RIP Gus Arriola

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Gus Arriola, creator of the comic strip Gordo, has died at age 90. The strip, which began in 1941, was one of the first to highlight Mexican culture on the comics page, although Arriola changed the character from a bandit to a bean farmer after some complaints.

In an interview with The Chronicle several years after he retired, Arriola said he drew the comic strip for an audience that knew little about Mexico or its culture.

“My main goal was to maintain a positive awareness of Mexico through all the years, every day, without being political,” he said in 1989. “When I started, words like ‘burrito’ were unknown in the United States.”

Comments

  1. Torsten Adair says:

    Gus Ariola was a master of the humorous serial comicstrip, combining unique characters, expert draftsmanship, and later, bold layouts and colors. A few examples are reprinted in The Comic Strip Century, and I recommend highly the retrospective volume published by the University Press of Mississippi.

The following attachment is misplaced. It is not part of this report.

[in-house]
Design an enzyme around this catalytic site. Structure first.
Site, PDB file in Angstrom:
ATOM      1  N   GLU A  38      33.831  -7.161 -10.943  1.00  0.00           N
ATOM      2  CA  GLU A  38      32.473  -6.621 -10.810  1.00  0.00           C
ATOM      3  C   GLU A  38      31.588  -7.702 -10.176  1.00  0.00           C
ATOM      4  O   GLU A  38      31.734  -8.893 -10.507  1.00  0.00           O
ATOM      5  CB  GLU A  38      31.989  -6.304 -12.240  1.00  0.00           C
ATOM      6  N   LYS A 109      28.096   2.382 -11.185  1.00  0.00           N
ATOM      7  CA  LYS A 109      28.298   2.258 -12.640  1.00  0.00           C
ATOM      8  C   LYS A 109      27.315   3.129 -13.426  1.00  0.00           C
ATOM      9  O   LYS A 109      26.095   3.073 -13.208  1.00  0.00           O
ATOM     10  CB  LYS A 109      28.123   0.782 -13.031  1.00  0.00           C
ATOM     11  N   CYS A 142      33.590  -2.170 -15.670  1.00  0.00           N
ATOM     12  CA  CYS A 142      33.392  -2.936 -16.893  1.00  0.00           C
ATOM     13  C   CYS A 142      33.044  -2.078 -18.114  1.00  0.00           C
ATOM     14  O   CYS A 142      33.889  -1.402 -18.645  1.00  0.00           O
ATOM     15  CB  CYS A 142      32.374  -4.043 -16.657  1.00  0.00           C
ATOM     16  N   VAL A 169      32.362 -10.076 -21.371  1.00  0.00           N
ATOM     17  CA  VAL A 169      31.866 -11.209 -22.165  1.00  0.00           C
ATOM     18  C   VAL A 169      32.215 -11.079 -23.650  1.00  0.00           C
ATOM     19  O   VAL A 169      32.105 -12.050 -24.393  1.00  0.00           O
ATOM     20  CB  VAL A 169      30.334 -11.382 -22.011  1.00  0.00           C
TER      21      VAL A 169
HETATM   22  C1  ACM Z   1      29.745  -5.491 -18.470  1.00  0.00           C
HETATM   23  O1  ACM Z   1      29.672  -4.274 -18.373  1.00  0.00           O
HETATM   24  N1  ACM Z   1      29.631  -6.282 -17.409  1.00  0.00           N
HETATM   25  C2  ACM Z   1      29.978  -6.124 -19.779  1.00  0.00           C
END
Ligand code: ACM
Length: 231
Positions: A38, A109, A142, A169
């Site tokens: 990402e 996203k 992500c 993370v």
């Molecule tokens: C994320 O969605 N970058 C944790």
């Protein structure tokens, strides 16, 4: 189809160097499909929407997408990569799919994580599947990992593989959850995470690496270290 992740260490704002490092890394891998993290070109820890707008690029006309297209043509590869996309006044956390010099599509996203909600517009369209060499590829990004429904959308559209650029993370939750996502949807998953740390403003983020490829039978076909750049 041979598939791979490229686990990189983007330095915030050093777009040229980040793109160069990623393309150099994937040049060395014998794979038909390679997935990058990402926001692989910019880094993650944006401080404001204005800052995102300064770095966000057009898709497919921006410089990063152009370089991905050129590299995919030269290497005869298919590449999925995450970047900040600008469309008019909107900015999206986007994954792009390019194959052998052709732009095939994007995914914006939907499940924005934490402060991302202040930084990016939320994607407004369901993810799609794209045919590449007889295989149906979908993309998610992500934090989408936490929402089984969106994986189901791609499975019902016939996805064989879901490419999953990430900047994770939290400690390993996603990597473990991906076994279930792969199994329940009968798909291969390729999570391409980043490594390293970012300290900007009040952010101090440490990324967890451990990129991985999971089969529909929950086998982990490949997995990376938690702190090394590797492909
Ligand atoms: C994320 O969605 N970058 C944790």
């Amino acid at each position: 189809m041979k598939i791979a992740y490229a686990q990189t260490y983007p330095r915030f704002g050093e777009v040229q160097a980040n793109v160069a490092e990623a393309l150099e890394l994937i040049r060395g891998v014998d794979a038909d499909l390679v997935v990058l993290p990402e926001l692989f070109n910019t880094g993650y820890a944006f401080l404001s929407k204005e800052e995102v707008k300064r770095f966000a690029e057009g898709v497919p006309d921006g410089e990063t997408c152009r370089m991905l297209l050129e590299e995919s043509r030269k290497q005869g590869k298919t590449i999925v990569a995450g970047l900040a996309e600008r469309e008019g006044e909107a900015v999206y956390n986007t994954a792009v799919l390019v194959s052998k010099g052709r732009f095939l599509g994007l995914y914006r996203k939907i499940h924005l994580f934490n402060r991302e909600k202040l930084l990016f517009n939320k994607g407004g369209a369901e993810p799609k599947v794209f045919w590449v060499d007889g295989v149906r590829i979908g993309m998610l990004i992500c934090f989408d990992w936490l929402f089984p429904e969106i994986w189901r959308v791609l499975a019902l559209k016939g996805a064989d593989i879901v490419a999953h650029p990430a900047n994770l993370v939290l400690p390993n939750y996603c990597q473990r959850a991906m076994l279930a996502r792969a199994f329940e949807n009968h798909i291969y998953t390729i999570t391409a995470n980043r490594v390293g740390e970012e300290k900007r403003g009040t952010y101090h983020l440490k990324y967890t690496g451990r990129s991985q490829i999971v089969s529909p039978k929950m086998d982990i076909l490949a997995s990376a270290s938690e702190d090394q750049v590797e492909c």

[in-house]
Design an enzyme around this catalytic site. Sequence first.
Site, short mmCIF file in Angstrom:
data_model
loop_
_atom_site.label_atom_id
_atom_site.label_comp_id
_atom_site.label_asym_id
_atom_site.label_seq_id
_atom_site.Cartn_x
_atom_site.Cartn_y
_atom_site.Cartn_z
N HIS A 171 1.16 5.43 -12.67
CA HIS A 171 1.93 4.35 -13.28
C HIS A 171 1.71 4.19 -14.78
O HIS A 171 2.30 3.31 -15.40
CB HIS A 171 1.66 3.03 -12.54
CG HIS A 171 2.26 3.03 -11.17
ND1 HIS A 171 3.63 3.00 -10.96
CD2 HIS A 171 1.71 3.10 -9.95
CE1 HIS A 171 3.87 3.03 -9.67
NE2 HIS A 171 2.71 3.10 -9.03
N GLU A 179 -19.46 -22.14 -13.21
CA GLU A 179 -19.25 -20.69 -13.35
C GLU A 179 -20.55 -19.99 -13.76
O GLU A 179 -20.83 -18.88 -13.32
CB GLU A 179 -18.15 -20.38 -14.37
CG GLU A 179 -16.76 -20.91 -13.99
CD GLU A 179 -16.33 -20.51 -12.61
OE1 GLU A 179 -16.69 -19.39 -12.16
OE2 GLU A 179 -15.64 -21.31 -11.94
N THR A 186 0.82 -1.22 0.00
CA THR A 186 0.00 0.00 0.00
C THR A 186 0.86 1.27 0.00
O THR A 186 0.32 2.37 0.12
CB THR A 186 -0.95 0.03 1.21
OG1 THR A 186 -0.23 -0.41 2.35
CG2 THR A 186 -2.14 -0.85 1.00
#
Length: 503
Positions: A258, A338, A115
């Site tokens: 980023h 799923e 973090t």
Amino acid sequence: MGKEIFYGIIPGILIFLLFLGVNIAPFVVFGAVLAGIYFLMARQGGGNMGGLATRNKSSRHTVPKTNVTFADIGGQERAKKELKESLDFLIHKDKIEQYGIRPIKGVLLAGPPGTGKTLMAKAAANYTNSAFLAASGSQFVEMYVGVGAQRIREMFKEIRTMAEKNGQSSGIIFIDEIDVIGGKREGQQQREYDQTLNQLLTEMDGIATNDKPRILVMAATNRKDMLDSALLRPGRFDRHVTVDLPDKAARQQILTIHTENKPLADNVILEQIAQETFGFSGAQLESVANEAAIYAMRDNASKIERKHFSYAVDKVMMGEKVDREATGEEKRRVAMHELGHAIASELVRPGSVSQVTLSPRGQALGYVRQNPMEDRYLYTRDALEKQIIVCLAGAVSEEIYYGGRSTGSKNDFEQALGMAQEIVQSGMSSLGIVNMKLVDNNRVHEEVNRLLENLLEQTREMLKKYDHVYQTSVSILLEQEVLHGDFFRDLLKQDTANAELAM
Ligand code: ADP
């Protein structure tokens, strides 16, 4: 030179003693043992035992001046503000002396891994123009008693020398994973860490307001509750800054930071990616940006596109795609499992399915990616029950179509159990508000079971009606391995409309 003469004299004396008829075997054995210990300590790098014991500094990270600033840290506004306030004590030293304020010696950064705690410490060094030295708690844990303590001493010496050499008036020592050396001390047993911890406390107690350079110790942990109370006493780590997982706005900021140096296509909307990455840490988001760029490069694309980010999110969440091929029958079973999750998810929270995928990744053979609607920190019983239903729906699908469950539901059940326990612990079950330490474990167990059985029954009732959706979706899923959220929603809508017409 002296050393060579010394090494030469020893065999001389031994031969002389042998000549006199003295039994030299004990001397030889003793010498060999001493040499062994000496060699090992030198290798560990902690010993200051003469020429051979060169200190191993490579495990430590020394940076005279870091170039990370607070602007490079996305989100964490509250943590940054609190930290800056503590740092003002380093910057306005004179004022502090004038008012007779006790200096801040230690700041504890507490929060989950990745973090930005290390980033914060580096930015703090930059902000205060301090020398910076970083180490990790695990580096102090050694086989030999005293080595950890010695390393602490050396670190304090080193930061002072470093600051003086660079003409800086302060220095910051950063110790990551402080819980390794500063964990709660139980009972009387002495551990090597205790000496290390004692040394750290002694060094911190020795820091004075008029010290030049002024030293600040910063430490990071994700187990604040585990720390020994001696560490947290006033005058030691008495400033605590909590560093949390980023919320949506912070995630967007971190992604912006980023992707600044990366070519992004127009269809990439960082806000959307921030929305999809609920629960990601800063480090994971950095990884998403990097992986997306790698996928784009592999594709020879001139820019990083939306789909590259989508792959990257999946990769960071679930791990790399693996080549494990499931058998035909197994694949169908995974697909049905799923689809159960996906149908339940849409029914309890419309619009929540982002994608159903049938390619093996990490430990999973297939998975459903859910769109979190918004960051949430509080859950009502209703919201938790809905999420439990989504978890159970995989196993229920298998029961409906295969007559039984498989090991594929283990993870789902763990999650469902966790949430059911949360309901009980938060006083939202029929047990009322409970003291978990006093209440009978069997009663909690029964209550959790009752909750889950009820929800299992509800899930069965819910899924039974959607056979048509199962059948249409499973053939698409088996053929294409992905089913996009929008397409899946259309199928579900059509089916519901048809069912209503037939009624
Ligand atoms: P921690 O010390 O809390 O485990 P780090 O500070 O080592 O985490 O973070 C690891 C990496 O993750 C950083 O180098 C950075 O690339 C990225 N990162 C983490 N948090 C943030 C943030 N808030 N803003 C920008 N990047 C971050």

2. I learned SO MUCH from Gus’ seemingly modest one or two pages in “Tips from Top Cartoonists.” Beautiful work.

    RIP, amigo.

  3. George Usher says:

    I first became acquainted with Gordo in the St. Louis Post Dispatch sometime in the 40′s before I was 10. That and Pogo were my favorite comic strips. And, my favorite recurring theme from Gordo was the annual Christmas strips where the animals reflected on the celebration of the birth of Christ. I continued to read it regularly until I left St. Louis in 1961 and followed it sporadically on visits to the family in St. Louis until it was no longer published there.

    I didn’t realize Gus Arriola died until I saw a tribute to him in the Baldo comic strip on February 20th. My thanks to Cantu and Castellanos for that tribute.

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